Henry Albany Bowles was born in 1859, the second child (and only son) of - confusingly - another Henry Albany Bowles, Rector of Merrow, and his wife Caroline (née Barlow). After a boarding education and graduation from St John's College Oxford, Henry junior followed in his father's footsteps and was ordained in 1868.
His first Curacy - in an unusually nomadic career - was in Andover, at the end of which, in 1884, he married Louisa Alethea Yonge, daughter of Julian and Emma Yonge of the grand Otterbourne House, just south of Winchester. (Louisa's sister was the prolific and highly-regarded - though now largely forgotten - novelist and writer Charlotte Mary Yonge.)
Henry and his new bride moved to Arlington in Devon for him to take up the Rectorship of St James's. In 1889, the couple moved north for Henry to take up appointment as Curate of St Matthew's, Burnley. It was here that their first two children (the second being their only son, Reginald - of whom more below) were born. In 1892, the family moved south again, to Louisa's home village of Otterbourne, for Henry to take up his appointment as Vicar of St Matthew's. It was here that their final four daughters were born. In 1909, the family moved north again for Henry to take up his appointment as Rector of St Michael's, Cardeston, Shropshire.
They stayed there barely two years: in 1910, the family moved to Epsom for Henry to take up his appointment as Curate at Christ Church, but effectively Priest in Charge of the fast-growing St Barnabas. (This had been established by Christ Church in 1899 as a Chapel of Ease for the developing north of Epsom, and had just moved from its initial temporary building in Hook Road into the newly-built church in Temple Road. It became a free-standing parish in 1917.)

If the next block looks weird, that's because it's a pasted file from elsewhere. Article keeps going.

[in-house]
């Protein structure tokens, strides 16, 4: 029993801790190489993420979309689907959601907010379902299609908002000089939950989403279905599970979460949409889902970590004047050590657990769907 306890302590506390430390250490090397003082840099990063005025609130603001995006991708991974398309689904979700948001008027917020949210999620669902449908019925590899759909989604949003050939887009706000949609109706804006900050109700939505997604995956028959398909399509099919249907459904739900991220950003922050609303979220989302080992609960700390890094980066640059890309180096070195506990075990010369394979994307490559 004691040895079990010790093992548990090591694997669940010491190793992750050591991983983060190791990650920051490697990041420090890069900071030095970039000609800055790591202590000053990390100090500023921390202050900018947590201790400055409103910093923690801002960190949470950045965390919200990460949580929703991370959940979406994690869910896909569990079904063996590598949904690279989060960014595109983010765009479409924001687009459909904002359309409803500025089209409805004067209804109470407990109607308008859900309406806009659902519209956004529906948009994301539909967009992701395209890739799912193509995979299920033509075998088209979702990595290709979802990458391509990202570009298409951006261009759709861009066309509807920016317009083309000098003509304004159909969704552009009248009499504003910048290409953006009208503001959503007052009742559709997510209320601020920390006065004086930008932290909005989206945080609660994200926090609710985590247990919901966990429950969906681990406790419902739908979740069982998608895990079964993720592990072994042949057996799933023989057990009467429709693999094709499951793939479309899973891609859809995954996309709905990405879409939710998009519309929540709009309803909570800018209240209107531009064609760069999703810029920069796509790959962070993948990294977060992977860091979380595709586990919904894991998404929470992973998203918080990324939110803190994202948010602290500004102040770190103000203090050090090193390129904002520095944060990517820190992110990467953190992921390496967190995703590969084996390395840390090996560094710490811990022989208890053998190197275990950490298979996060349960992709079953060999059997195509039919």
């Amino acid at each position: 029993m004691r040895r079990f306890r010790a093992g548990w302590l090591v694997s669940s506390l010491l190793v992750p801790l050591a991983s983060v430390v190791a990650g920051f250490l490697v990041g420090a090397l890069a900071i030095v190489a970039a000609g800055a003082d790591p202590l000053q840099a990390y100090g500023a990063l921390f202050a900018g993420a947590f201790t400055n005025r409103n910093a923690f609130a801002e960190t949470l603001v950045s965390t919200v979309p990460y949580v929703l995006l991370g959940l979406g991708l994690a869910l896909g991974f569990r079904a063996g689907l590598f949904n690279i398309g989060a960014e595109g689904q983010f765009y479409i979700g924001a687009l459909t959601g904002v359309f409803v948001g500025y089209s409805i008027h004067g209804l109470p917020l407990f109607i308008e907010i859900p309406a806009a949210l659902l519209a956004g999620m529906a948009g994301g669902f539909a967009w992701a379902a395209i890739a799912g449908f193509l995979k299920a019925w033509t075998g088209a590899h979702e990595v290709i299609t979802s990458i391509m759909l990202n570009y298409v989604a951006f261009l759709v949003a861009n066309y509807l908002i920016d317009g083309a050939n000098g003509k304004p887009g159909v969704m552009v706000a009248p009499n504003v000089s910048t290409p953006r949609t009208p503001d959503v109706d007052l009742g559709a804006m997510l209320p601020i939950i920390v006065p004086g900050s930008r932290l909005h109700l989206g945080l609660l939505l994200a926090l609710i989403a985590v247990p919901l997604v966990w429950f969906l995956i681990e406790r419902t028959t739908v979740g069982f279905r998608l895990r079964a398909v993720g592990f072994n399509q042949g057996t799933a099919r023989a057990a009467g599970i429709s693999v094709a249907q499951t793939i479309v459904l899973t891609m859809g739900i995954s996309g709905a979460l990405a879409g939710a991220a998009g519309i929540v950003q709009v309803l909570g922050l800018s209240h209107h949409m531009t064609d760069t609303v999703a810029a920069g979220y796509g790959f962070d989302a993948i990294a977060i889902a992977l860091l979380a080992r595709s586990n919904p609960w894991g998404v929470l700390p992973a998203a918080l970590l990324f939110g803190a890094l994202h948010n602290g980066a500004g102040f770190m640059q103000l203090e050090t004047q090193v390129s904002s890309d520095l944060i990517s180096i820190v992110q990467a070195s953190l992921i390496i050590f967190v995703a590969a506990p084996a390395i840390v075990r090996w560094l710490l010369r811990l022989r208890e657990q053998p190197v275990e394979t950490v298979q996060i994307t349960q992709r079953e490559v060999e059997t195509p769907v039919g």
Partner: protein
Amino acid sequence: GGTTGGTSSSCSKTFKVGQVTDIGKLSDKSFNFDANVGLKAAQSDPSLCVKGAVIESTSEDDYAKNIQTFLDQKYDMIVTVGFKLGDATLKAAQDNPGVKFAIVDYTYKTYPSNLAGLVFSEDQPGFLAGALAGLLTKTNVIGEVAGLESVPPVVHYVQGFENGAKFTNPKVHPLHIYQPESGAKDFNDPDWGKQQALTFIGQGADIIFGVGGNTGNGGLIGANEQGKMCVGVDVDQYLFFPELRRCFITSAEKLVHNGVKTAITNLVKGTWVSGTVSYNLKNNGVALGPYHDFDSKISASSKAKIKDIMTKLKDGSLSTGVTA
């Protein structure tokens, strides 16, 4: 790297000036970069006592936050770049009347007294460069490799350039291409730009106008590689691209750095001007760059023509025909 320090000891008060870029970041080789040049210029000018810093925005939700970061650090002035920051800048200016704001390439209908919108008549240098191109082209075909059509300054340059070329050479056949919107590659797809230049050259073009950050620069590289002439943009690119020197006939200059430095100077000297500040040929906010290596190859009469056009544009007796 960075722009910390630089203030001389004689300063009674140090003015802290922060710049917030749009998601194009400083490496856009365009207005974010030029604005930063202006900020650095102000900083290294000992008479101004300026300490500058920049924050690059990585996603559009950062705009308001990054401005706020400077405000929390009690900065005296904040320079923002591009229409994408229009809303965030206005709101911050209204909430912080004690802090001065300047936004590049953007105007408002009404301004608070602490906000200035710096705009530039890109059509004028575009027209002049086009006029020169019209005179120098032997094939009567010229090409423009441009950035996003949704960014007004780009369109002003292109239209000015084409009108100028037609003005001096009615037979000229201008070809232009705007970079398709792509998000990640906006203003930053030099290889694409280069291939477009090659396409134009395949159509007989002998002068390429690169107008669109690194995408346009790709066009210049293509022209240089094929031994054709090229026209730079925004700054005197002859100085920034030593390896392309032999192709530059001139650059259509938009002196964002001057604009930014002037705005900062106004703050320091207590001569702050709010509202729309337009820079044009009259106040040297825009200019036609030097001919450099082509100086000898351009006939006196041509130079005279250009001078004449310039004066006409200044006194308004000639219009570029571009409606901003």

After 30 years as Vicar of Christ Church and aged 61, Canon Archer Hunter retired at the end of 1911. Henry took over as Vicar from the beginning of 1912, moving into the Vicarage with his family and their four servants.
Henry led the people of Christ Church through the increasingly dark times of what was then called the Great War. Indeed, he had early experience of the carnage: his former gardener Arthur Walliker was the first Epsom casualty, being killed in action at Mons on 23 August 1914 in the very first British battle of the War.
Almost Henry's last act in the parish was the October 1920 dedication of the war memorial in the new chapel he had been instrumental in creating from Christ Church's North Transept. Sadly, one of the names on the memorial was that of his only son, Reginald (a lieutenant in the Royal Welsh Fusiliers), who had died in France on 20 July 1916 of wounds sustained in an enemy attack earlier in the day. Percy Risbridger recalled that the death of Henry's son "didn't stop him coming over to Church to say Evensong and it wasn't until the Intercessions, when he prayed for the repose of the soul of his son, that we learnt the tragic news."
In the booklet published to mark Christ Church's Centenary in 1976, Percy Risbridger (who was Verger and Sacristan for much of Henry's incumbency) remembered him as "a great priest of God" and that many owed much to his ministry. Percy said that Henry had taught him to appreciate the "mysteries of sacramental worship", and that it was Henry who instituted the continuing practice of ringing the Christ Church bell when the bread and wine is consecrated "to remind the people on the Common that the Holy Mysteries were being offered on their behalf."
Henry resigned from Christ Church for unspecified reasons of health and took the less onerous post of Curate at St Mary the Virgin in Bramshott, just over the Surrey border into Hampshire. He served there from 1921 to 1924, in the last year also serving as Chaplain to the 80-bed King George Sanatorium for Seamen that had recently been established in the nearby Bramshott Grange.
In 1924, aged 65, Henry retired from parish life (although remained active with "permission to officiate" for many subsequent years), moving with Louisa to nearby Liphook. He died there in 1943, aged 83 - a couple of years after his wife's death.
Christ Church has no explicit memorial to Henry's service as its third Vicar. However, given his only son's fate, what is now Christ Church's Peace & Reconciliation Chapel is an evocative substitute.